It’s time to put on you walking shoes. And maybe a sweater.
This year’s Great Gulf Coast Arts Festival boasts 230 art booths, vendors and performances. That’s quite a bit of ground to cover.
“There is something for everyone,” said Sue Warner, festival chair. “I don’t think you can be bored—maybe worn out, but not bored!”
Now in its 39th year, the arts festival will be spread across Seville Square. Some go to buy. Some go to look. Most decide when they get there.
With so many choices and varieties of art, there is something for every price-bracket. If you’re looking to buy, there are big-ticket investment pieces that you’ll cherish—and need to insure—forever. There are also smaller items, like handmade metal bracelets for $10 (think: Christmas gifts).
Art at the festival falls into 11 different categories: ceramics, drawing, oil and acrylic, jewelry making, printmaking, sculpture, fiber and leather, glass, watercolor and, lastly, photography.
Submissions, which are judged, come from all over the country. Many of them hail from the Southeast.
The judging process usually takes an entire day. The first time the judges see the art is at the festival.
“It’s kind of nice, you know, it prevents ‘your brother-in-law’ from winning a prize ‘just because,’” Warner said. “The judges are looking for technique, but also for something to be unique, different.”
And although the art is broken into categories for the submission process, the breakdown has no bearing on which art wins. Judges look at each piece individually and then bring all their selections together to be judged for the final prizes.
“We don’t say, ‘OK, we need to award three painters, and three sculptors,’” Warner said. “It’s just what the judges think is worthy of a prize.”
In addition to the juried art show, the festival also invites an international artist each year. This year the international invite was extended to Andrea Spinelli, from Florence, Italy. Spinelli is mainly a painter, but also an inventor. He has invented a device that cuts and carves out frames, as well a painting machine that he will be bringing to display at the festival alongside his artwork.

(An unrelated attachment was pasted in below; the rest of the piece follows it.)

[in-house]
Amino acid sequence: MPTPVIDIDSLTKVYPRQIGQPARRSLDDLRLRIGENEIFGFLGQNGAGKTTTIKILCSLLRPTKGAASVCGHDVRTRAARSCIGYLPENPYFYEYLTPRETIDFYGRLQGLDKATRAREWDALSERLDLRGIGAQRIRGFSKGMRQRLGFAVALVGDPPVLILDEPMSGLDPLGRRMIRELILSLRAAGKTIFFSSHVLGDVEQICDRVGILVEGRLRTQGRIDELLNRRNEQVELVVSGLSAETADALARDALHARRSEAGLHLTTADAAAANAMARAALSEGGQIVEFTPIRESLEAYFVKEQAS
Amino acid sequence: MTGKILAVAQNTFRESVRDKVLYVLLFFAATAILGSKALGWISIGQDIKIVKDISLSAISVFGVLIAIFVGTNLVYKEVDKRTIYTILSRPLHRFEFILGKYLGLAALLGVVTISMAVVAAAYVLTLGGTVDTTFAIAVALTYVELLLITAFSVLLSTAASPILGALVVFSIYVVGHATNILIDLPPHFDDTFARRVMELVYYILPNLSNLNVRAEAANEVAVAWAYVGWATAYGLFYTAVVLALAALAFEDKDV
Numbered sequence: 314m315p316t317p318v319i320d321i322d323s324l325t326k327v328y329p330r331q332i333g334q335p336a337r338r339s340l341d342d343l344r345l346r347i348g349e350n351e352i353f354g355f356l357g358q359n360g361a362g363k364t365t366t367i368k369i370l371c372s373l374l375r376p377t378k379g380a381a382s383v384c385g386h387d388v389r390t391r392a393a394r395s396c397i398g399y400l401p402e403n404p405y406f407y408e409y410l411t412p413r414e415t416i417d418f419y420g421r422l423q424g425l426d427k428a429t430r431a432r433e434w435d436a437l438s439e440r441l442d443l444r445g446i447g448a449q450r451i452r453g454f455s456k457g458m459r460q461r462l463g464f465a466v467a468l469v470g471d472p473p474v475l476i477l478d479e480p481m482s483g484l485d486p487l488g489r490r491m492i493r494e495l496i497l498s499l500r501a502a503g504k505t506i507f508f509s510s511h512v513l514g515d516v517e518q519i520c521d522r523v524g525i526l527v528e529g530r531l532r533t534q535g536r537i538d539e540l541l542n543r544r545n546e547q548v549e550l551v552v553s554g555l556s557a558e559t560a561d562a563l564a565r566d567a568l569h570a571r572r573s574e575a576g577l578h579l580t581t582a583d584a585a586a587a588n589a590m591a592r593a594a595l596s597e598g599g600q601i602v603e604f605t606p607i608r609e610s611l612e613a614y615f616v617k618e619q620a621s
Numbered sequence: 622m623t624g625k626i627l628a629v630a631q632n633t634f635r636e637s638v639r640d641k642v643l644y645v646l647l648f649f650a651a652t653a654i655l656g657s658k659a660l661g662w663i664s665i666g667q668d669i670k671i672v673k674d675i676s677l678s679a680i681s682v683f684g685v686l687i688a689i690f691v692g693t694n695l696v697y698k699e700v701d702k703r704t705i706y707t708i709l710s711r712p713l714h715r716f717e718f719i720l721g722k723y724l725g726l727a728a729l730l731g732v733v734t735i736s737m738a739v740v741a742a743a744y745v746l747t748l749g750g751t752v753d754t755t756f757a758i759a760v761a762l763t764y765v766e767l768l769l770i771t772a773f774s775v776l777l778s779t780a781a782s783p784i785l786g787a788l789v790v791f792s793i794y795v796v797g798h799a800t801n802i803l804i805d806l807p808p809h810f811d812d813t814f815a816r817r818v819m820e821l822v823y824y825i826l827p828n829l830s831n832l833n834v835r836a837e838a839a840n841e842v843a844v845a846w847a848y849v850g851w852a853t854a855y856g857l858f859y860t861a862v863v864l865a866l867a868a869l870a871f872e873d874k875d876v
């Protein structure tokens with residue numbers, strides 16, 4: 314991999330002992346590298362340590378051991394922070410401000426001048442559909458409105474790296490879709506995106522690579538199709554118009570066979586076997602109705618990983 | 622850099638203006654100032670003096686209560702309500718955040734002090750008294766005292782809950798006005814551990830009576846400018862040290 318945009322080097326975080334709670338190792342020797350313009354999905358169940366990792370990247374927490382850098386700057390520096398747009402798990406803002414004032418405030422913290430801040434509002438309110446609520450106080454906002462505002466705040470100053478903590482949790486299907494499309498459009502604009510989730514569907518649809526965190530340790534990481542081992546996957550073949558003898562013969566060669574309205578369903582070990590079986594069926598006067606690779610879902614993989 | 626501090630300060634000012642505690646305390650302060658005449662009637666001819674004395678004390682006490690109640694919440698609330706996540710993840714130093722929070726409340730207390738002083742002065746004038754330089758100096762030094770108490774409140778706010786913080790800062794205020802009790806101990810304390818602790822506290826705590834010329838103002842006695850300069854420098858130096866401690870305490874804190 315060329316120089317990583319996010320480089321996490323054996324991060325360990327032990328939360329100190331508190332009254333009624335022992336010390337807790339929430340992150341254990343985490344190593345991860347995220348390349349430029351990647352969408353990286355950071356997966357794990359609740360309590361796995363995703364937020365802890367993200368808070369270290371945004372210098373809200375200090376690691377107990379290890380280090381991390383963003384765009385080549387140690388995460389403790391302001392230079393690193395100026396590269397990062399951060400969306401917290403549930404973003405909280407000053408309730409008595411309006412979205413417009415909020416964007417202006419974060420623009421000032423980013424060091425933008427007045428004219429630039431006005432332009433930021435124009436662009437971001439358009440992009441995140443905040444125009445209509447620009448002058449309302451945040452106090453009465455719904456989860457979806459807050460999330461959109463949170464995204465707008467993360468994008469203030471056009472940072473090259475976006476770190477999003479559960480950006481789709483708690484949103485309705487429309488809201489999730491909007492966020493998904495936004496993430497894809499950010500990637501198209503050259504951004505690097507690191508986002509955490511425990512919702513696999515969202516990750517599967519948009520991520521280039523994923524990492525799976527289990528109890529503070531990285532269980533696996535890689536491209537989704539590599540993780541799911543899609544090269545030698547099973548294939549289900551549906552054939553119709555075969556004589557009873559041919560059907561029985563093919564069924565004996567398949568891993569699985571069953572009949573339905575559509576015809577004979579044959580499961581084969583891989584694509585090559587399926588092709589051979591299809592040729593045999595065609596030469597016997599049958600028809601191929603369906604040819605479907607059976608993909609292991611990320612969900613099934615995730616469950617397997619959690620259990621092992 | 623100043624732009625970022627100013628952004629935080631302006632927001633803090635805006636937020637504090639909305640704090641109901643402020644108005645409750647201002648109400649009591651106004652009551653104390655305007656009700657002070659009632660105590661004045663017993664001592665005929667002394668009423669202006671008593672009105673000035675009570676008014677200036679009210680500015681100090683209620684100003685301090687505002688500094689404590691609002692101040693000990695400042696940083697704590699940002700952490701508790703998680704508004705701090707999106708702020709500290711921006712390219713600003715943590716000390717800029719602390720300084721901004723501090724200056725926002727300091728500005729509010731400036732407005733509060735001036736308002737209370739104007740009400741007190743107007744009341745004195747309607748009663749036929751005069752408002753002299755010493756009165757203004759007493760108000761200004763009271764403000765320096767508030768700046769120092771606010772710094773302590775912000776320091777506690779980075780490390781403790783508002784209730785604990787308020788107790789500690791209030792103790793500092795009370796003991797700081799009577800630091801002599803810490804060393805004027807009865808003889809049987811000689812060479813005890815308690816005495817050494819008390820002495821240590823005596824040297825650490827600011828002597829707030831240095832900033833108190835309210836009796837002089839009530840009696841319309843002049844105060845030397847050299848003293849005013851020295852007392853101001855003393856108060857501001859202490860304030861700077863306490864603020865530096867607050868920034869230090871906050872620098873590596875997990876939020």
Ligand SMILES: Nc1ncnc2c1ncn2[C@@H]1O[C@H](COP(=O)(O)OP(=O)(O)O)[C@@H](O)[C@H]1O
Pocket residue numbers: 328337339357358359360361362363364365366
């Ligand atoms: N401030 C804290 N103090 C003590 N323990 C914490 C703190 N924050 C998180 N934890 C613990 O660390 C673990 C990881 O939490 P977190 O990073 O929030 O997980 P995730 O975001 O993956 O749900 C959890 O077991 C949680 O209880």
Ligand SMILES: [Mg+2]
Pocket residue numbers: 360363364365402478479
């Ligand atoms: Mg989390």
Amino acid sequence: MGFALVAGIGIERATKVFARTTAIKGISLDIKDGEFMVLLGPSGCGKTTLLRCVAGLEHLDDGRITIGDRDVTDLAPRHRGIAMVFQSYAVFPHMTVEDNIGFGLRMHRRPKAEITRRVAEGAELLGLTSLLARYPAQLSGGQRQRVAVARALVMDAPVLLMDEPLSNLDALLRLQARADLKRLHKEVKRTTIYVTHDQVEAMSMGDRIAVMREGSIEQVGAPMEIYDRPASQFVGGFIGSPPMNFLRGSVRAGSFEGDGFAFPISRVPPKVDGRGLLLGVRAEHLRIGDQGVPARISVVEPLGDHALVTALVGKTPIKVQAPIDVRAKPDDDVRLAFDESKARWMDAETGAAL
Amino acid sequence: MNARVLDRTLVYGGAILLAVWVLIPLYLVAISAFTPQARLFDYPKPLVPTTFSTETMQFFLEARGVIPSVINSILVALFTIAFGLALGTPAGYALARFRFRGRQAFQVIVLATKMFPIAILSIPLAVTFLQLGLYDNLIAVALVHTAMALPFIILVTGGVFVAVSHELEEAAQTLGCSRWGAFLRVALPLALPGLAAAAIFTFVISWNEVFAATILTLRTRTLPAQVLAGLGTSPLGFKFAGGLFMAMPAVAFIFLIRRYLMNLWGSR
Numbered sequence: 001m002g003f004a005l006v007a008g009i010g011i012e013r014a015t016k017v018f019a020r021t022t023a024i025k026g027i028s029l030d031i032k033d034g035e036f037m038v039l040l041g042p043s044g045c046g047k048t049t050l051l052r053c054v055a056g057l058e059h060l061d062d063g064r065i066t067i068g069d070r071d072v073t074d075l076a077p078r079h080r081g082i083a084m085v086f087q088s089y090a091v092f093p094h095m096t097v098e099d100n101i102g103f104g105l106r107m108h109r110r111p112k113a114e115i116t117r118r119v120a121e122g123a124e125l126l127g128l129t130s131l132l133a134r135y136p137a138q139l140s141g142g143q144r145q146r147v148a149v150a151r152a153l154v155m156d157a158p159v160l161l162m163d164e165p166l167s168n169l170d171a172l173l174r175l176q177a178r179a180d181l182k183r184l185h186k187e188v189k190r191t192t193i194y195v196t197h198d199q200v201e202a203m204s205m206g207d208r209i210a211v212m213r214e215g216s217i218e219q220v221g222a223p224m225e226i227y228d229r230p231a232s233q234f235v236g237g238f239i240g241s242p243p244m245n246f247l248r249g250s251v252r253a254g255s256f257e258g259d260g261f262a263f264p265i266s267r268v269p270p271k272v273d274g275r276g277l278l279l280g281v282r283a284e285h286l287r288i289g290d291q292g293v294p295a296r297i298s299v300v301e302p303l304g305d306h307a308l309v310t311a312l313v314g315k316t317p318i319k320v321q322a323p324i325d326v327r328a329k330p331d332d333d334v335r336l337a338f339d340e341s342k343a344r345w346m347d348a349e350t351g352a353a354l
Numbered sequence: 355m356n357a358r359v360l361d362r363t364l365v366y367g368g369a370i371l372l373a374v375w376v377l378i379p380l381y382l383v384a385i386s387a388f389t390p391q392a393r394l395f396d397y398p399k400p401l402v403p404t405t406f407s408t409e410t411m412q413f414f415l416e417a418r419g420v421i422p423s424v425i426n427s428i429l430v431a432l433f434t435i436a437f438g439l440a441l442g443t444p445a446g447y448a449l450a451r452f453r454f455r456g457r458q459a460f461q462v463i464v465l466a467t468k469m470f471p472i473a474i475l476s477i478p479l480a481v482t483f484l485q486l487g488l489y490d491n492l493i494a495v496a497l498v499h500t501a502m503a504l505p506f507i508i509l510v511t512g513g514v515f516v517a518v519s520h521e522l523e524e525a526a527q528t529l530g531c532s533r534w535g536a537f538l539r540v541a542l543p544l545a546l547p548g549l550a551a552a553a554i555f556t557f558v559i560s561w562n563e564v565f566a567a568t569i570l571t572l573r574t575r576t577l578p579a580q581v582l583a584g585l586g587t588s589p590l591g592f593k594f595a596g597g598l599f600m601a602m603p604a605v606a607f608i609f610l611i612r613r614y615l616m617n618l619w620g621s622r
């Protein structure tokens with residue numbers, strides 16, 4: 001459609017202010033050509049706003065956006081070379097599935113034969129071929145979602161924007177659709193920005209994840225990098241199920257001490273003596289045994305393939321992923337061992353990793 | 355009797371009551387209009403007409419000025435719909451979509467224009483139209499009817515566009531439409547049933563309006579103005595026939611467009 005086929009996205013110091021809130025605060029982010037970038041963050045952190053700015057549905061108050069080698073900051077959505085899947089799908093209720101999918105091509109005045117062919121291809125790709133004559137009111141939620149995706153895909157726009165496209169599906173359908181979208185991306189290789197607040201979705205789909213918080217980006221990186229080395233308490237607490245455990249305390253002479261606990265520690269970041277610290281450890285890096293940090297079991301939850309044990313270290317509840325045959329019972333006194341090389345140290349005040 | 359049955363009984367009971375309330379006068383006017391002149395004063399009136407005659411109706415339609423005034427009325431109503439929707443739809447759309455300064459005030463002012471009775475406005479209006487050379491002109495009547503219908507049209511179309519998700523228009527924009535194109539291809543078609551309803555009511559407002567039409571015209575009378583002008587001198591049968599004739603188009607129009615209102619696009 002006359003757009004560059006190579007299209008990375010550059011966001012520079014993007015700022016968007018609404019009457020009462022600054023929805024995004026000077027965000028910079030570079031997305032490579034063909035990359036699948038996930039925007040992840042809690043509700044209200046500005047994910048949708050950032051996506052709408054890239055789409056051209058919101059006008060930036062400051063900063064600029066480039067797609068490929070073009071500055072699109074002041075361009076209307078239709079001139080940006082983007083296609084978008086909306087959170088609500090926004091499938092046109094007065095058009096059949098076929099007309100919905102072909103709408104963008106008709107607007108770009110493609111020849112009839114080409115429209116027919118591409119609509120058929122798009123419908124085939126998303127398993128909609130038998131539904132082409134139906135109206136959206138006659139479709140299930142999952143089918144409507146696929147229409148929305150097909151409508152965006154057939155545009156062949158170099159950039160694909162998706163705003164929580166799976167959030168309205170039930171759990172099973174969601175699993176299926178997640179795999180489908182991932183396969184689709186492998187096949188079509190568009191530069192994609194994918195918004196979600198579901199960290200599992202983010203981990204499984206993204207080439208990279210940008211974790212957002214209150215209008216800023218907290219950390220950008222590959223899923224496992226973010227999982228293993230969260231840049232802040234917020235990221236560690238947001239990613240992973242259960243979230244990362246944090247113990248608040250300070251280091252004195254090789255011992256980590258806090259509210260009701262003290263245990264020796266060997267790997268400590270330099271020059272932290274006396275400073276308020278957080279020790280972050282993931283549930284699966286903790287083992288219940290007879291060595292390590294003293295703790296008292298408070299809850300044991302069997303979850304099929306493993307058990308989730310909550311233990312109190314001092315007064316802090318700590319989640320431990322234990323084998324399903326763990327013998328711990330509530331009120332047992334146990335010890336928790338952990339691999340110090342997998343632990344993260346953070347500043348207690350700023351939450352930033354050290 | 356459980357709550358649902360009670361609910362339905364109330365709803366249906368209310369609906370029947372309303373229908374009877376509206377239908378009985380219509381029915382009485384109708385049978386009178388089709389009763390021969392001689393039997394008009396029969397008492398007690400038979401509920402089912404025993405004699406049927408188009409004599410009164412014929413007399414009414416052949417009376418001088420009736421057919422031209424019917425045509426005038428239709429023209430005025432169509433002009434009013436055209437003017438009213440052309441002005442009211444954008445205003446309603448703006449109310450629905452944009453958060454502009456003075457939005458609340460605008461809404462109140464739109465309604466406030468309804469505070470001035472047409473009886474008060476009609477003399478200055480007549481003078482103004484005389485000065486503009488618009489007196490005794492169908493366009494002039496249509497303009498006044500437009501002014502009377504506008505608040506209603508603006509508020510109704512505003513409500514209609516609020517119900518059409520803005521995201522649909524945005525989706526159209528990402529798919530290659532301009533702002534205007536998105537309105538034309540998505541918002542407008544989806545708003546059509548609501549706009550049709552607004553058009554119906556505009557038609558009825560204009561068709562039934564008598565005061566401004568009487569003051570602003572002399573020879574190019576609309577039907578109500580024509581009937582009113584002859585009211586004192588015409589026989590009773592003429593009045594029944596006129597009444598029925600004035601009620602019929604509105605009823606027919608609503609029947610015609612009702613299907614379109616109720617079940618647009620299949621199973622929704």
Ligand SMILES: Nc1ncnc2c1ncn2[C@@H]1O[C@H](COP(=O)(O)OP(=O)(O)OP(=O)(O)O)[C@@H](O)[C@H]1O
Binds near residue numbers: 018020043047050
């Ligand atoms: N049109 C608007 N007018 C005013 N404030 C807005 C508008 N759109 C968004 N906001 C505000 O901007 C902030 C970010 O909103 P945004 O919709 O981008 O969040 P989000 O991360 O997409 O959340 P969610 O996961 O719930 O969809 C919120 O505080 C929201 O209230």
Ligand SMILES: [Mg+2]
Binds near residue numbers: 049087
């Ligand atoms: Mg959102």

“We have a committee that actively looks for artists to invite,” Warner said. “These people are travelers, so when they’re taking trips to Greece, or Italy or wherever, they are looking,” Warner said. “They are able to look for art that translates to this area.”
Spinelli should feel right at home. Many of the houses and churches around downtown are reminiscent of the paintings he brought from Italy.
There will also be several stages set up within the festival, showcasing jazz, bluegrass and folk music.
“The main stage really does have awesome music,” Warner said. “And, of course, we are excited because we have the Pensacola symphony this year.”
The Pensacola Symphony Orchestra will play on Sunday at the festival. Several other musical and theatrical forms of entertainment will also be available in the children’s area, across the street in Bartram Park. The park will play host to an art show featuring work by students from Escambia and Santa Rosa counties.
“They are so creative before they are corrupted!” Warner said.
The children’s area also offers hands-on project stations for face painting, sand art, sidewalk art, clay making and button creations. A stage will be set up for local dancing and musical groups featuring children.
“It’s the 100th anniversary of Naval Aviation, so there will be an aircraft set up over there that the kids can get in and play around on,” Warner added. “Naval Aviation is a theme that will be all throughout the festival this year.”
Heritage artists will also be displaying age-old traditional art forms like blacksmithing, weaving, wood-carving and engraving. There’s something for everyone, even if you’re favorite art is wood whittling. Sometimes the ladies will even share their family secret on how to get tough stains out of laundry—an art form in itself.
The festival attracts thousands of guests each year. It has been named one of the top-50 best fine art shows in the nation by Sunshine Artist Magazine—most likely for it’s large conglomeration of fine art, local food vendors and performers.
“It’s all in one place, and it’s free, so it makes you feel better about having to search for a parking spot,” Warner joked. “It just makes for this big party with all these sights and sounds to enjoy.”
THE GREAT GULF COAST ARTS FESTIVAL
WHERE: Seville Square
WHEN: 9 a.m-5 p.m., Friday, Nov. 4 and Saturday, Nov. 5; 9 a.m.-4 p.m., Sunday, Nov. 6